The Upside of a Balance of Trade Deficit

[Update December 3: sometime this week I expect to add to this article including international income accounting details.]

Taiwan’s Foxconn announced they will build a $10 billion factory in Wisconsin.  Eventually the plant will employ 10,000 workers.  Part of the reason Foxconn can make this investment is the U.S. balance of trade deficit with Taiwan. That deficit creates a net financial inflow into the U.S. Some of that inflow will be the Foxconn plant. In the financial account this is recorded as “foreign direct investment” (FDI).

The current account balance plus the capital account balance must equal the financial account balance. This is the fundamental international economic accounting identity. Luckily for us, the capital account balance is usually pretty small. That lets us focus on the current account and the financial account. And the result is straightforward, if not widely understood: a current account deficit must be matched by a financial account surplus. The U.S. runs a current account deficit vis-à-vis Taiwan. Therefore, we must run a financial account surplus vis-à-vis Taiwan.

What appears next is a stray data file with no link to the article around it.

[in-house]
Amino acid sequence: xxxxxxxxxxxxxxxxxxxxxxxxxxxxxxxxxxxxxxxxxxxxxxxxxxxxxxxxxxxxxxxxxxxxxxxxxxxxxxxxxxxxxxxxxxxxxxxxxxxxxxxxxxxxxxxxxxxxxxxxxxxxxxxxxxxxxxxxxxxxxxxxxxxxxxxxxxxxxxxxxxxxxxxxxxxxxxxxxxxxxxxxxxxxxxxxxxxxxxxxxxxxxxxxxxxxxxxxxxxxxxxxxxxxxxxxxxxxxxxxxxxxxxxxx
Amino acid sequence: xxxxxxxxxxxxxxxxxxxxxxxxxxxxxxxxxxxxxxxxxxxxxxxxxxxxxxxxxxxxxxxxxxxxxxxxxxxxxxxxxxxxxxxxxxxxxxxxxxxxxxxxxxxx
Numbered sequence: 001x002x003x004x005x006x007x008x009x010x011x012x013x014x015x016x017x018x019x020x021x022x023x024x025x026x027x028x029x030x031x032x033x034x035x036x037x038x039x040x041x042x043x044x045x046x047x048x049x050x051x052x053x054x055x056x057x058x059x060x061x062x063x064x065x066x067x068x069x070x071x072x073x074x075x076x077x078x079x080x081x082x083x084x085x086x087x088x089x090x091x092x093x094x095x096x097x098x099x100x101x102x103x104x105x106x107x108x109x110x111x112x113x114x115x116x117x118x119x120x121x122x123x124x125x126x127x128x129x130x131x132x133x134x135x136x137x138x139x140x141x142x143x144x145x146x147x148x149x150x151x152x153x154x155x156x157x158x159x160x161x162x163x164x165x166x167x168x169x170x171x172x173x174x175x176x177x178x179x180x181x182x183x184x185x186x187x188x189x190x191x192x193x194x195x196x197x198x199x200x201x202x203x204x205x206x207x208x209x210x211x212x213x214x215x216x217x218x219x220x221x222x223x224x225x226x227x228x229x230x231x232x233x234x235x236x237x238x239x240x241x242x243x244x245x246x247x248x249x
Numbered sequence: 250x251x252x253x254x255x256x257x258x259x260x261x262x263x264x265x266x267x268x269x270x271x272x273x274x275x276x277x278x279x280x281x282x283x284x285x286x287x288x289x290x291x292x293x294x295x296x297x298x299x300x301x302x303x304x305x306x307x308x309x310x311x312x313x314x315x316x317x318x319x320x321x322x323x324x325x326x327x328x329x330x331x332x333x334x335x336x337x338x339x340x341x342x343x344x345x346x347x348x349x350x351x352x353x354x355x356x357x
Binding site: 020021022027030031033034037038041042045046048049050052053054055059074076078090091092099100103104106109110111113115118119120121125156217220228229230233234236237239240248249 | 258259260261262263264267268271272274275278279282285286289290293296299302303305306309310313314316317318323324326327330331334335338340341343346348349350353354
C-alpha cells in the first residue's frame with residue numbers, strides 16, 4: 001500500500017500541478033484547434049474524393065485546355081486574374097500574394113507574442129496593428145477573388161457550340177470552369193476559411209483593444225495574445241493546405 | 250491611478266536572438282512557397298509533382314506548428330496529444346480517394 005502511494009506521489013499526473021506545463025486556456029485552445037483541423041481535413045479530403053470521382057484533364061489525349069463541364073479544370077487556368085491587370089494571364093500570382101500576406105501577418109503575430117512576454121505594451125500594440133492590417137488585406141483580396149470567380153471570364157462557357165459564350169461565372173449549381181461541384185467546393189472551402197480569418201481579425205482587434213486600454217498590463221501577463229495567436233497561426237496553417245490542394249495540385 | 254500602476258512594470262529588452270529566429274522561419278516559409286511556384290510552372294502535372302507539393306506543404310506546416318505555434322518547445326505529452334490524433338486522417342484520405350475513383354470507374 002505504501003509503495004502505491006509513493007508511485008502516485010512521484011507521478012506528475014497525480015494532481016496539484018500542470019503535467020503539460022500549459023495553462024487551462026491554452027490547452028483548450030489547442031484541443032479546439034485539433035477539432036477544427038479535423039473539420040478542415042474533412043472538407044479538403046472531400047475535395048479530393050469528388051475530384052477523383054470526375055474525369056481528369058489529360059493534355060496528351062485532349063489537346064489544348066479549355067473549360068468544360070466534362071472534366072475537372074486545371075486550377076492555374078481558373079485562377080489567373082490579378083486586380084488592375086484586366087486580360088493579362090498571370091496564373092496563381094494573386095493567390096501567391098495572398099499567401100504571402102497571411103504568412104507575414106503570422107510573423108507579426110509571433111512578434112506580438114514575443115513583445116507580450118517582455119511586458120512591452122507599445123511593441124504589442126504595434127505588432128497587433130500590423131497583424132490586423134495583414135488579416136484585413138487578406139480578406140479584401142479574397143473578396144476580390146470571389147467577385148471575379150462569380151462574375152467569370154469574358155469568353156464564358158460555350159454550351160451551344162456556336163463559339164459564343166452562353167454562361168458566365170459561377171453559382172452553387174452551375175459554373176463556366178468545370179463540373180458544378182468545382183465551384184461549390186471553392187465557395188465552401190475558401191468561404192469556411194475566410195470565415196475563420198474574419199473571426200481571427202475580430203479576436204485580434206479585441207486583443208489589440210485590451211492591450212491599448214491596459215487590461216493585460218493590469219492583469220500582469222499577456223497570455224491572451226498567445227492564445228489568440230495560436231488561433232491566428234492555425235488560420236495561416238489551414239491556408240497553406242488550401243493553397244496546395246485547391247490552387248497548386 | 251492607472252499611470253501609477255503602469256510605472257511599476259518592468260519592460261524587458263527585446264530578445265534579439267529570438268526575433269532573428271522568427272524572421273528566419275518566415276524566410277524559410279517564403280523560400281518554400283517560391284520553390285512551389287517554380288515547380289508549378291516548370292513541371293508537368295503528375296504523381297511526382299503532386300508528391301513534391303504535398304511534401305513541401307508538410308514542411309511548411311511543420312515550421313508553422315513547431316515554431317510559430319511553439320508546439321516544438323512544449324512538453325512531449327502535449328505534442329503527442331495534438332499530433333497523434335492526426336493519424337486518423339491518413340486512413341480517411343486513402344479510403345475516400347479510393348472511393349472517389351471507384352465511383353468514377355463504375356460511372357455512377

The implications are staggering, but we need to understand some details first. So go get another cup of coffee – studying accounting always puts me to sleep. And remember, this is accounting. All the relationships described here are identities and definitions. In what follows the U.S. will be the home country and Taiwan will be the foreign country. To avoid repeating the tedious phrase “goods and services” let’s just call them “products.”

Balancing Act

Each account has a balance. For example, most of the current account balance is the balance of trade, equal to exports minus imports. Exports are products produced in the U.S. and sold in Taiwan. An export creates a flow of a product from the U.S. to Taiwan AND a flow of spending from Taiwan to the U.S. Similarly, imports are products produced in Taiwan and sold in the U.S. An import creates a flow of a product from Taiwan to the U.S. AND a flow of spending from the U.S. to Taiwan.

But what about the financial account? For accounting purposes, what matters is the flow of spending. An export creates a flow of spending from Taiwan to the U.S. The financial account equivalent is the purchase of a U.S. asset by a Taiwanese entity. Thus, when Sony bought Columbia Pictures Entertainment in 1989 that created a financial inflow (debit entry) for the U.S. Putting it bluntly, a country finances it’s trade deficit by selling assets to foreign countries. (As an aside, some economists argue that the U.S. has a comparative advantage at creating assets. If they’re correct, running a balance of trade deficit is actually a good strategy.)